istock_000005024047xsmall.jpgTornado sirens wailed. Skies were darkening as winds whipped around the buildings in our neighborhood.

It was Thursday, June 12, around 4:40 pm in Fond du Lac, Wisconsin.

The news channel was non-stop chatter and maps of wind speeds, hail, and towns in the pathways of potential tornadoes.

More sirens. Time to get serious. Time to find the matches, candles, drinking water and flashlight. Interesting! How basic we can get in a time of crisis! How little we can take with us when the primary concern is survival.

After several hours of heavy rain, our street was flooded up over the curb with a stalled car near my driveway. My basement was dry and I was counting my blessings.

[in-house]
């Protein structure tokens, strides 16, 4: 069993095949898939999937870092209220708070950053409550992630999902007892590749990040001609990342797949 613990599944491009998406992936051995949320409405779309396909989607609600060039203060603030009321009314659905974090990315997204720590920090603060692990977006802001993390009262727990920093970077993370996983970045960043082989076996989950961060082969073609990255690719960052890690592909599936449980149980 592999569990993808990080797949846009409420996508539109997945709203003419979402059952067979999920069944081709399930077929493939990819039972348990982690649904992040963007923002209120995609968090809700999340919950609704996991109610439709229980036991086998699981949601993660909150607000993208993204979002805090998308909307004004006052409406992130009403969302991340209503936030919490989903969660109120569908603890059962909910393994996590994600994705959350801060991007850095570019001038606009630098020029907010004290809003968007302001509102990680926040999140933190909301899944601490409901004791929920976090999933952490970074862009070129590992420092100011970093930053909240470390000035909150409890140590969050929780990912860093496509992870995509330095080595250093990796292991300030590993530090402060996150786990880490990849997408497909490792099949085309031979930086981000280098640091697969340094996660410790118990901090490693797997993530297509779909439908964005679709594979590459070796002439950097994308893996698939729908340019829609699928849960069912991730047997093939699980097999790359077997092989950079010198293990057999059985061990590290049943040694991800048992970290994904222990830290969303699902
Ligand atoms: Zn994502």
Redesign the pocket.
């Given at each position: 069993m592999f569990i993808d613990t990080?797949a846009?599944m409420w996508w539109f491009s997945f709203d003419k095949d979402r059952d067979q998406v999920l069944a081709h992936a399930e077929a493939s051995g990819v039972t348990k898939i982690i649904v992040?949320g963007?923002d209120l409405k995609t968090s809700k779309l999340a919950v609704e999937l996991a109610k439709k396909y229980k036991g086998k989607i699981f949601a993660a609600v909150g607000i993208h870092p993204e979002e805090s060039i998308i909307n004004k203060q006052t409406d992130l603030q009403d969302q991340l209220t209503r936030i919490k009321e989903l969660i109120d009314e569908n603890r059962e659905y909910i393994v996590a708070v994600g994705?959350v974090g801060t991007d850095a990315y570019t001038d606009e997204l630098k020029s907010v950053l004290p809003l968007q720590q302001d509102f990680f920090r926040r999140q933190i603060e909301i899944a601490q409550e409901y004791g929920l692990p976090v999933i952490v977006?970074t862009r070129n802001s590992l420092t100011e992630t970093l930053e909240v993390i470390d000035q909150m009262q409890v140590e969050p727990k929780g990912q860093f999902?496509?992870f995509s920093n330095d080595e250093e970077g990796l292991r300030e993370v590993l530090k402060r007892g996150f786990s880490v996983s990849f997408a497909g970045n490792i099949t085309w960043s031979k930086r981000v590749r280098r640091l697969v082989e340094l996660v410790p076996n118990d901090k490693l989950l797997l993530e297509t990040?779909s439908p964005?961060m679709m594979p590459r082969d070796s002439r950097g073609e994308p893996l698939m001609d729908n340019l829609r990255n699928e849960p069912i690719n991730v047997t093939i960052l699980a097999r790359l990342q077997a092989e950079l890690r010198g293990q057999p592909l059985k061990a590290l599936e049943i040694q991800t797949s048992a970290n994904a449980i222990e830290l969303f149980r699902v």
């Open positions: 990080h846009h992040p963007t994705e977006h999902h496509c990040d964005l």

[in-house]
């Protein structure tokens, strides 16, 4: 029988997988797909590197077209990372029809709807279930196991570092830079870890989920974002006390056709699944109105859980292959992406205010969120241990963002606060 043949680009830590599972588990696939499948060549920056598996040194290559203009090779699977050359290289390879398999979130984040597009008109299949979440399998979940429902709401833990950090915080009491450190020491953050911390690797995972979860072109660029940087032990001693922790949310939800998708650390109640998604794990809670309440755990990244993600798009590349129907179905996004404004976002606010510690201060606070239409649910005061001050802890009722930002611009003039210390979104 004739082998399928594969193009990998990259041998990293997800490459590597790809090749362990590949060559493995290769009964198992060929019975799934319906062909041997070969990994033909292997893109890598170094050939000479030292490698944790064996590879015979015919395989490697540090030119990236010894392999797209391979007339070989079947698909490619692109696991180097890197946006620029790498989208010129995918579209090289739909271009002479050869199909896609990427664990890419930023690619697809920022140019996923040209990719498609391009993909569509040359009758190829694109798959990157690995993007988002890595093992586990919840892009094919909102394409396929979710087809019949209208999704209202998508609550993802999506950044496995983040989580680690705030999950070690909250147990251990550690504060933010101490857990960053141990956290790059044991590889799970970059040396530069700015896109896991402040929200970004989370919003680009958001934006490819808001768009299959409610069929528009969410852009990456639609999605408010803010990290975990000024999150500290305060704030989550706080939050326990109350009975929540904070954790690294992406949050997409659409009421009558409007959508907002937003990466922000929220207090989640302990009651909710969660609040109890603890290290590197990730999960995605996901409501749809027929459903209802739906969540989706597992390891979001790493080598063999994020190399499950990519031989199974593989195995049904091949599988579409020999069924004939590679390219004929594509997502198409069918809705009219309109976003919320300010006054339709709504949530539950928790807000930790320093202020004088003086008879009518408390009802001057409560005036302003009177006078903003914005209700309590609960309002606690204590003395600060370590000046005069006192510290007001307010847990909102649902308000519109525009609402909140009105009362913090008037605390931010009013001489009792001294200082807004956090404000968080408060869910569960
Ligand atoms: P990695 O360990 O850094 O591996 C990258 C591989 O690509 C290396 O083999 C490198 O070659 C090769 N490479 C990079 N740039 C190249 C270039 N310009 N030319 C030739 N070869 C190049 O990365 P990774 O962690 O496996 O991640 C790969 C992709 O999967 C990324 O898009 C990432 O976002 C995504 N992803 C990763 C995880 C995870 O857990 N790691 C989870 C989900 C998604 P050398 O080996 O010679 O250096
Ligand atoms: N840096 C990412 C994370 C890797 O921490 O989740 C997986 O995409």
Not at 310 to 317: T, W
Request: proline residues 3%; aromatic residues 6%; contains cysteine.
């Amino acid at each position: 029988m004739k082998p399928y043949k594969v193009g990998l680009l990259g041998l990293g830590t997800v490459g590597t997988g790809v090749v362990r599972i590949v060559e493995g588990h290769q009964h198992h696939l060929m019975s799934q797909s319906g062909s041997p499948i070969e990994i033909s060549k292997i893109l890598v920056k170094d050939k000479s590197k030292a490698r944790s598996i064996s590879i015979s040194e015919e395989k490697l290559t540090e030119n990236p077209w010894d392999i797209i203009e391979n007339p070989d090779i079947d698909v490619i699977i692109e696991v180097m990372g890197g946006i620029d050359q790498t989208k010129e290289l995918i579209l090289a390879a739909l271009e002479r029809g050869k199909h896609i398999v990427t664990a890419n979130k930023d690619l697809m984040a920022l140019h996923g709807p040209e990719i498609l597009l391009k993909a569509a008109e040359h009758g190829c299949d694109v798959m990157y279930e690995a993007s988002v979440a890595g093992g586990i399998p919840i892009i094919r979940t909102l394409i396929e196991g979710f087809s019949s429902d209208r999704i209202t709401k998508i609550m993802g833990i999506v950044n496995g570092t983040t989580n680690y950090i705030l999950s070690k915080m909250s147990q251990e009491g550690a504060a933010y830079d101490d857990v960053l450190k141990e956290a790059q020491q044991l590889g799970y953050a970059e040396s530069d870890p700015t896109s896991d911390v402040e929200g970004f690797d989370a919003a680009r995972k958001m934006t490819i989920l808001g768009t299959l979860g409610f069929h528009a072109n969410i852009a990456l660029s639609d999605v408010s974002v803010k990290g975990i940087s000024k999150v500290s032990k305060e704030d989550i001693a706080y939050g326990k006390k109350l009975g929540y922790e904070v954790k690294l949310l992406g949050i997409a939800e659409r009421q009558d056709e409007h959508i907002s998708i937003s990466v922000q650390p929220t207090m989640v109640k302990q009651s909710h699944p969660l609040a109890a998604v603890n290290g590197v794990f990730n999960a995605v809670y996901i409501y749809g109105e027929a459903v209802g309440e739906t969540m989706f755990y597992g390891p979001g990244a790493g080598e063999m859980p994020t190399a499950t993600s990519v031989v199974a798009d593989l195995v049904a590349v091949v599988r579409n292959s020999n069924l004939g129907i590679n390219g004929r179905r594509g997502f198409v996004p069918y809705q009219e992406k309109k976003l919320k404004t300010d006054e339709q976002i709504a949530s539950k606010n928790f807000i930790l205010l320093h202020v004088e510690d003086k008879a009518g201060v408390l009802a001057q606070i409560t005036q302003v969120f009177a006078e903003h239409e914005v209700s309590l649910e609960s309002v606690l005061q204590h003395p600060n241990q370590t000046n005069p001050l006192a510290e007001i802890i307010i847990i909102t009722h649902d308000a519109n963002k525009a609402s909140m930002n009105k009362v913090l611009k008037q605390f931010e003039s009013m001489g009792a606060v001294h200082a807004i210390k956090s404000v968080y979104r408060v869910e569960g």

The next day I joined folks from up and down the block who gathered in clusters here and there to share their stories. Wet basements, trying to get home from work through flooded streets, and how to call the emergency government office were the main topics of conversation.

They say that strangers are just friends you haven’t met yet. And so it was.

The Sunday newspaper illustrated why the city manger is calling this the “100 year storm” in this small Midwestern town. The piles of wet carpeting and sewage infected furnishings piled by the curb were stark realities of sleepless nights and losing the fight with nature.

I got an email from one of my sisters with two sobering questions from a commentator: “Do you know your neighbors well enough that you would risk your life to try to dig them out of the rubble if their home was destroyed? And do you think they would do that for you?”

Life and friendship doesn’t get any more fundamental than that.

Janice M. Puta
Author of Pathways: Tales for the Spiritual Seeker
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